When you add all this together, you end up with a direction vector that can be used to move a object in 3dspace… basically object position vector + directional vector + deltatime (time used to make sure math calculations stay in sync with hardware)
If you forgot to add delta time, your character movement could change based on pc hardware and all your calculations would be awful…

When all is said in done though, you can move the character vector to its new position based on input.

Hope that at least helps some with what is actually happening in the character controller.

Thank you so much guys, that really solved all the doubts I had about moveforward function. Hope you can help me with the jumping function if ppssible.

Ok, well you can do this two ways…
One the hardway… create your own character controller from start to finish… a night mirror you will be living for months if you go down this path… gravity, etc will all be up to you to control.

Another way, take advantage of the hard work that Unreal has done and use their character controller and then override what you want to change.
To do this, you create your own class based on it and then in its constructor add your properties…

For example, can add some stuff to its base properties… can even access some of this in the engine blueprint properties… etc

Lots of stuff here can be changed… can dig into the ACharacter/CharacterMovement class and dig in deep if you want.
Overall though, what you really want to d o I think is just add the ability to jump.

In order to do this, you also will want to override the input class of the charactercontroller.

Something like this…

to the h files…

too the cpp file…

→ Edit…
I just looked at the code you are working with in more detail…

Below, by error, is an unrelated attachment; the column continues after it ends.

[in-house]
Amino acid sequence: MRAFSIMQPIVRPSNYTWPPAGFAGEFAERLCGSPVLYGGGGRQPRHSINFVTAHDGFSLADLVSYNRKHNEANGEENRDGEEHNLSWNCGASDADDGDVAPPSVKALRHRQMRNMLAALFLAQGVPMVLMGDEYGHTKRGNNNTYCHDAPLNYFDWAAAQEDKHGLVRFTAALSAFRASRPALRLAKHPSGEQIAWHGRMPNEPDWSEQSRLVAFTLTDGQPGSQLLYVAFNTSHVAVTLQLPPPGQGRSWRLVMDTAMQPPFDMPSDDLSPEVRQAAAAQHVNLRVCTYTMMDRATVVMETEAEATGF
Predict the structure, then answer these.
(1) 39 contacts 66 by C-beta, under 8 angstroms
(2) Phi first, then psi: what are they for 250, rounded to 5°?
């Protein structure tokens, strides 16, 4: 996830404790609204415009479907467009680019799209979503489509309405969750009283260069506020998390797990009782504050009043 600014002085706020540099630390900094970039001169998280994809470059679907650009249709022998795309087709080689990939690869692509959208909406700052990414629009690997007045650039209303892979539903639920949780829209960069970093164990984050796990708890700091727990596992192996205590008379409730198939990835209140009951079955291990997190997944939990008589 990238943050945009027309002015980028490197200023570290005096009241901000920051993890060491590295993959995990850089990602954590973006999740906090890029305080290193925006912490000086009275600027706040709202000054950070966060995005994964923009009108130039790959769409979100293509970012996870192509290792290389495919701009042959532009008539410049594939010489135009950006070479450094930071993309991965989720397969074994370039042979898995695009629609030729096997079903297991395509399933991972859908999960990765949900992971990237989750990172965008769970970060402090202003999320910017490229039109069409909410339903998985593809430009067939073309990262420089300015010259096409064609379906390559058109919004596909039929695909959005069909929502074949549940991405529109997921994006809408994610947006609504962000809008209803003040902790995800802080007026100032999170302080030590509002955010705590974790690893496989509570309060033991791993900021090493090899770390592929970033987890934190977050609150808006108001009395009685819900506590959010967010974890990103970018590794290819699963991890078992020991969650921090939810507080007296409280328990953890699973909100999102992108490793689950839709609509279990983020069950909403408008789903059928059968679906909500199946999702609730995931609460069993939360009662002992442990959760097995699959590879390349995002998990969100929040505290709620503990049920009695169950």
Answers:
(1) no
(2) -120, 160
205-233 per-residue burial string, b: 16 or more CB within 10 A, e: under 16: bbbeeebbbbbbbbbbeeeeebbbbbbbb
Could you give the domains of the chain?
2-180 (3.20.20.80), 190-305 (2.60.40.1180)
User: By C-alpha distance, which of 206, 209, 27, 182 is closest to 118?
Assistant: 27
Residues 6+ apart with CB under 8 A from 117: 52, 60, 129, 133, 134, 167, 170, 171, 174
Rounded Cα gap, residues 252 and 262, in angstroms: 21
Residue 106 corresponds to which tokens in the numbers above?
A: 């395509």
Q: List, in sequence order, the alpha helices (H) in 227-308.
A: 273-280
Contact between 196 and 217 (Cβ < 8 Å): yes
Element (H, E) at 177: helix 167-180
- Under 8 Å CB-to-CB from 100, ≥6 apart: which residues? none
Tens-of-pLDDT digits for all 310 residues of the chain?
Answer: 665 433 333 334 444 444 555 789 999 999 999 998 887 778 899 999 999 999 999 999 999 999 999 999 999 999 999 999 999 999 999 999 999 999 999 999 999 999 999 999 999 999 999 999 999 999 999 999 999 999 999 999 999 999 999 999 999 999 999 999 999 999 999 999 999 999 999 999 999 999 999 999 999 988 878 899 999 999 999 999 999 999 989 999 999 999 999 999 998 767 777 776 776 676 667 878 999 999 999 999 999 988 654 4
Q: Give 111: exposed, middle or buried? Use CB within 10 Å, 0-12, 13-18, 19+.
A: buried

In short, you don’t need to worry about adding the math together because your using the character controller but knowing it may be useful.

It looks like in the example above, they use their own jump flag… but I am not sure why its needed…
They just seem to be setting it… maybe this is a old way or something… but a better way would be…

To change this
3. In SetupPlayerInputComponent, add the following:

and instead add the following

Calling the function on the ACharacter directly without setting its variable and waiting for it to notice it.
and maybe ignore the rest of the bPressedJump stuff and rem it out or not put it in.

Maybe I didn’t explain my doubts well sorry. My doubt is, in the code from that guide, the jump function just changes a variable, and my question is how the change of a variable without calling any other function in the code, makes you jump. Althought I find your answer very usefull, and makes me ask myself another question x). What is actually happening when you call super?

I try to answer your question in two parts…

One, When you call SUPPER, it calls the inherited function you are over riding.

Now, in your case when your talking about a character controller… your now looking at a much more advanced class…
But the same things are happening… code is either used or not used depending on if SUPER is called.

In the original code, I think they are trying to change variable in the inherited class and then hoping it gets picked up and works.
I dont think that’s the best method… In the edited step I added instead I call the function out of the inherited class.

I also dont understand the reason to do it… I guess they exposed this as a bool outside when its inherited… could maybe be a old way of doing the same thing… might not even work anymore… just call the function directly like I did in the example I showed.

You guys helped me so much. Thank you I don’t have any doubts now. This won’t last much tho xD